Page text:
No vulnerabilities were exploited and all information accessed was done with approval as part of this research.
Your Social Security Number is not supposed to be sensitive. It's an ID, nothing more. Unfortunately, more and more platforms and online systems use it to verify your identity, sort of like a password. However, in treating it as a password, we are placing consumers at a huge disadvantage.
Using your Social Security Number as a password is a bad idea. It would be an incredibly weak password and besides, you can't change it.
Let's quickly break down the Social Security Number.
For example, if you were born in Minnesota, you probably recognize 467-477. In Montana, you might recognize 516-517.
So based on that, there is possibly someone out there with the same birthdate, and an SSN incremented by one, two, or three.
Okay with that out of the way, let's get started.
Social Security Numbers are a highly regulated form of PII (Personally Identifiable Information). If your business collects SSNs, you'd better have a good reason for it, and you better keep them secure. Unfortunately, many large organizations allow anyone to access their cache of SSN's, providing you have an email.
Curious how this is done? Let's show you.
For this exercise, let's go with Morgan Stanley.
Let's say you're targetting an investment banker (for obvious reasons $$$). You know the name and the birthdate, those were found from a Google search.
Now, in order to gain access to the target's cell phone carrier, we need his SSN.
This common attack is called SIM swapping, in this scenario, an attacker calls a victim's cell phone carrier and switches the victim's phone number to a new SIM card. This allows the attacker to take over a phone number for further attacks.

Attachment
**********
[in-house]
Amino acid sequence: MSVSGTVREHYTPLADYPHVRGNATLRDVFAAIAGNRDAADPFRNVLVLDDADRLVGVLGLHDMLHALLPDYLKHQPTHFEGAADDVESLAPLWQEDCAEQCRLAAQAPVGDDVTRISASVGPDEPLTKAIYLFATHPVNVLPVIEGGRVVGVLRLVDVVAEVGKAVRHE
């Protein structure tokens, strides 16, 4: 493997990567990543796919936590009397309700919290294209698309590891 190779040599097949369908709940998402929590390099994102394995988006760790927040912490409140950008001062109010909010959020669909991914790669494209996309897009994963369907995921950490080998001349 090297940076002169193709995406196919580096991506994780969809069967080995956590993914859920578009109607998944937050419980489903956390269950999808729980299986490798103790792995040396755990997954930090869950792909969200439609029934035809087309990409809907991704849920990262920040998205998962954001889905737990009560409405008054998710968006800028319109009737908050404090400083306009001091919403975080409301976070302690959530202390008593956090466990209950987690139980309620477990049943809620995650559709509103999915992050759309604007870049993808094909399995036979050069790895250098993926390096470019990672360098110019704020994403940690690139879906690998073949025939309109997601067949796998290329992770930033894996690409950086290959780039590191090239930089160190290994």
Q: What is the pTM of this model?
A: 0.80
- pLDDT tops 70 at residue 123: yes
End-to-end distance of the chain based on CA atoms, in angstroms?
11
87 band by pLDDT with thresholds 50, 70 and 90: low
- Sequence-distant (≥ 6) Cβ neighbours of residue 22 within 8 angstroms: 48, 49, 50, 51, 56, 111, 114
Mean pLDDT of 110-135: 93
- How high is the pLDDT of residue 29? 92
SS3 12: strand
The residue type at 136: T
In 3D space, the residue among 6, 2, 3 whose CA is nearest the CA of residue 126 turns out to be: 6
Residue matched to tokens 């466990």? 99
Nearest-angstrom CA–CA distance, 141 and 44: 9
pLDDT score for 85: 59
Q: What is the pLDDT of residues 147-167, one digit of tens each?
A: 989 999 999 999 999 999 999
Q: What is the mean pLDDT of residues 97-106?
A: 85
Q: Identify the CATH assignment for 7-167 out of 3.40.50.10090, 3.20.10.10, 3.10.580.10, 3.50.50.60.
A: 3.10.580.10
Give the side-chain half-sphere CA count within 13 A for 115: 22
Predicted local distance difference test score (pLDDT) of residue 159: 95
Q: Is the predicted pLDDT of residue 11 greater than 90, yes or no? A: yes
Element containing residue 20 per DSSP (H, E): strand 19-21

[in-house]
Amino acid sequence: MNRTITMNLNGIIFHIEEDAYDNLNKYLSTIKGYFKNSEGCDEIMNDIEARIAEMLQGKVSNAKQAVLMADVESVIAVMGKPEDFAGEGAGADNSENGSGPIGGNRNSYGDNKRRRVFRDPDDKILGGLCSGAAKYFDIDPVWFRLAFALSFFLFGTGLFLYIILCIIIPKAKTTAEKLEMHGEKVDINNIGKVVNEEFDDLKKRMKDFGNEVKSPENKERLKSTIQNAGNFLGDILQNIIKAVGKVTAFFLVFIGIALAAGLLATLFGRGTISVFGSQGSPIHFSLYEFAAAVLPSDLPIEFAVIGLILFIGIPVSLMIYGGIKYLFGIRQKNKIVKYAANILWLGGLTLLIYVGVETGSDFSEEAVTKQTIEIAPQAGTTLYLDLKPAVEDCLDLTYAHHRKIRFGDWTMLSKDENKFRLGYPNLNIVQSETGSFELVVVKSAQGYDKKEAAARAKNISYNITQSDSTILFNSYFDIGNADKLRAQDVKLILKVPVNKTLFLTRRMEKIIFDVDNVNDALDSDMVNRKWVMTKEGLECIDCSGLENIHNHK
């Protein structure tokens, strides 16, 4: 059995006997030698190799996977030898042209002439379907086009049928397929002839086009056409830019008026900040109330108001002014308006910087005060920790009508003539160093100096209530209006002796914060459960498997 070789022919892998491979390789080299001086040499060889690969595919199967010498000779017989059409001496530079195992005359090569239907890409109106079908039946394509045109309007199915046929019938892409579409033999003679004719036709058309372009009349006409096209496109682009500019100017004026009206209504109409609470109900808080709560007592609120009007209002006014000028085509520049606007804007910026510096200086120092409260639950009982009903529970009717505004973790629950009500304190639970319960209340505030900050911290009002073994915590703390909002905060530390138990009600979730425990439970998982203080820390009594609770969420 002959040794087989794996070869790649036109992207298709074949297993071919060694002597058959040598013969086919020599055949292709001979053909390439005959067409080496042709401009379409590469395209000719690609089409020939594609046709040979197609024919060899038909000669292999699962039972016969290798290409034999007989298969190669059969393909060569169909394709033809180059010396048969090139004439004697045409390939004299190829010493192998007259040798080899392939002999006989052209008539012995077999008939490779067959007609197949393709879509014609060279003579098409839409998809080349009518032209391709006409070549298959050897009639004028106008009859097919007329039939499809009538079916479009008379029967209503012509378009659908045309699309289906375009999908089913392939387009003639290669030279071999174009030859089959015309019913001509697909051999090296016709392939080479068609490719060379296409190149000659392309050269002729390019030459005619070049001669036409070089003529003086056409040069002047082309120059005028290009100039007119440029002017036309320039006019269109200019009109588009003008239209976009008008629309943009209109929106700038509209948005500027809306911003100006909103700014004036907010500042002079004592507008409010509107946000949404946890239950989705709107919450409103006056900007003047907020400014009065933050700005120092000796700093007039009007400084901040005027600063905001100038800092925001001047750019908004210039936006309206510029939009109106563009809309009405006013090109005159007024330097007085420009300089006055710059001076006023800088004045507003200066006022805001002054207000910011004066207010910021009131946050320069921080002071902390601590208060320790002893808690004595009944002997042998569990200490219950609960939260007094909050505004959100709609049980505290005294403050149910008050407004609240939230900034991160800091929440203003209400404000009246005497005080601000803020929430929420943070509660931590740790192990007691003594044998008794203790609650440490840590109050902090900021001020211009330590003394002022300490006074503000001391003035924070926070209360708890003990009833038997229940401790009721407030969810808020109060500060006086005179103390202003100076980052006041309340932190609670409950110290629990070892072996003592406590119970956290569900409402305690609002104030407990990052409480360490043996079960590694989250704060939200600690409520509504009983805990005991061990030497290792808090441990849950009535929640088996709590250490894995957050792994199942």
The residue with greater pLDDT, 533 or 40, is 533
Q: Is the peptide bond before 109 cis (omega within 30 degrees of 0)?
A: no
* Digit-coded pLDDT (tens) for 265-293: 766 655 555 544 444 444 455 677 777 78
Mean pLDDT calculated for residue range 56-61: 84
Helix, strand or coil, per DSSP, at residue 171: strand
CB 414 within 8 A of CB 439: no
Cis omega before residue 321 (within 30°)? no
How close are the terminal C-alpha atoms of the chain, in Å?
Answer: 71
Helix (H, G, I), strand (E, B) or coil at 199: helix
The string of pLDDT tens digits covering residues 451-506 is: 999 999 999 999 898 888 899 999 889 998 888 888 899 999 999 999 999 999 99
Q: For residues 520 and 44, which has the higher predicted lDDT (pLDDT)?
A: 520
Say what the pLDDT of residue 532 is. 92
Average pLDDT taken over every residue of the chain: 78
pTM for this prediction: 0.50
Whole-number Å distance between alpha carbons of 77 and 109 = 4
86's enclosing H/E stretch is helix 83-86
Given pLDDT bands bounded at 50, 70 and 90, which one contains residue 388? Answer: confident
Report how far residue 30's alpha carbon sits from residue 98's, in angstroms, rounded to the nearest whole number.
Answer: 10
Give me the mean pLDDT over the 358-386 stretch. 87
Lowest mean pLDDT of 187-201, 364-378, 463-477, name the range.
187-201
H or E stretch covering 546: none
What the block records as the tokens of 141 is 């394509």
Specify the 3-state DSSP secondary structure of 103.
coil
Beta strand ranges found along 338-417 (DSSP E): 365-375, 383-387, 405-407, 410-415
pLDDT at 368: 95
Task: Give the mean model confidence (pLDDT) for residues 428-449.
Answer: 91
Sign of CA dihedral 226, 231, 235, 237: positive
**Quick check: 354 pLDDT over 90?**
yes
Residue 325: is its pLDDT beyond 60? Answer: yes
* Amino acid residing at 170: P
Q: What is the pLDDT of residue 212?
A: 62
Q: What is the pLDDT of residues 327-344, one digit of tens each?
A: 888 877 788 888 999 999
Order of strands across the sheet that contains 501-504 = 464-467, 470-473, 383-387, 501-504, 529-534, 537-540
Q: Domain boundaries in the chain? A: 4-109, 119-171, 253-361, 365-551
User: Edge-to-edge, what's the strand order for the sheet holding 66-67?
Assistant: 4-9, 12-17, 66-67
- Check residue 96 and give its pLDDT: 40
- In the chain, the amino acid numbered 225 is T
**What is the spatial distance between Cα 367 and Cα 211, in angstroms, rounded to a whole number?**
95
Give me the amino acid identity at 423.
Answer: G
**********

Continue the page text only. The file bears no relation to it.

In many cases, cell phone carriers use pin numbers to protect an account. Can you guess a common pin default pin number? That's right, the last four digits of the SSN.
Using this portal, you can iterate through potential SSN's, or at least the last four digits. That's 10,000 possible combinations. Can anyone guess how fast a computer program can send 10,000 requests? Based on our tests, this shouldn't take more than 5 minutes.
When we submit a valid SSN, the response will indicate that a match was found.
Is this limited to Morgan Stanley? No.
And the list goes on. Wells Fargo at least requests the entire SSN, however, this leads to its own set of issues.
Remember when we mentioned that similar SSNs are sequential? This is what happens when we take a known SSN, increment by one, and use the same DOB that is tied to the known SSN.
We get the last 4 digits of a phone number. Some Googling would likely turn up an address and full name. Of which, we already have an SSN.
So what can you do with the last four digits of an SSN?
Many systems using pin numbers default to the last four of your social. If it does not default, many people opt to use that since it's easy to remember.
Remember the last time you called Verizon, I bet they asked for your pin. Same with many utility companies and insurance companies.
What can you do about it?
For starters, don't panic. Beyond the methods explained here, your SSN may well be for sale on the dark web.
Adversis wants you to be informed. Use this knowledge when making decisions regarding your SSN going forward.
When possible, change your pins to something other than your social.
Use unique email addresses for different services. Did you know you can add a plus to your Gmail addresses?
For example, let's say your email is email@example.com. You can sign up for services with firstname.lastname@example.org and still receive emails. This is also handy for determining which online services are sending you spam.
If you're still worried, you can always freeze your credit.
As of 2011, social security numbers are randomized so anyone born after that point will not have predictable SSN's.
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Adversis ACS: https://acs.adversis.io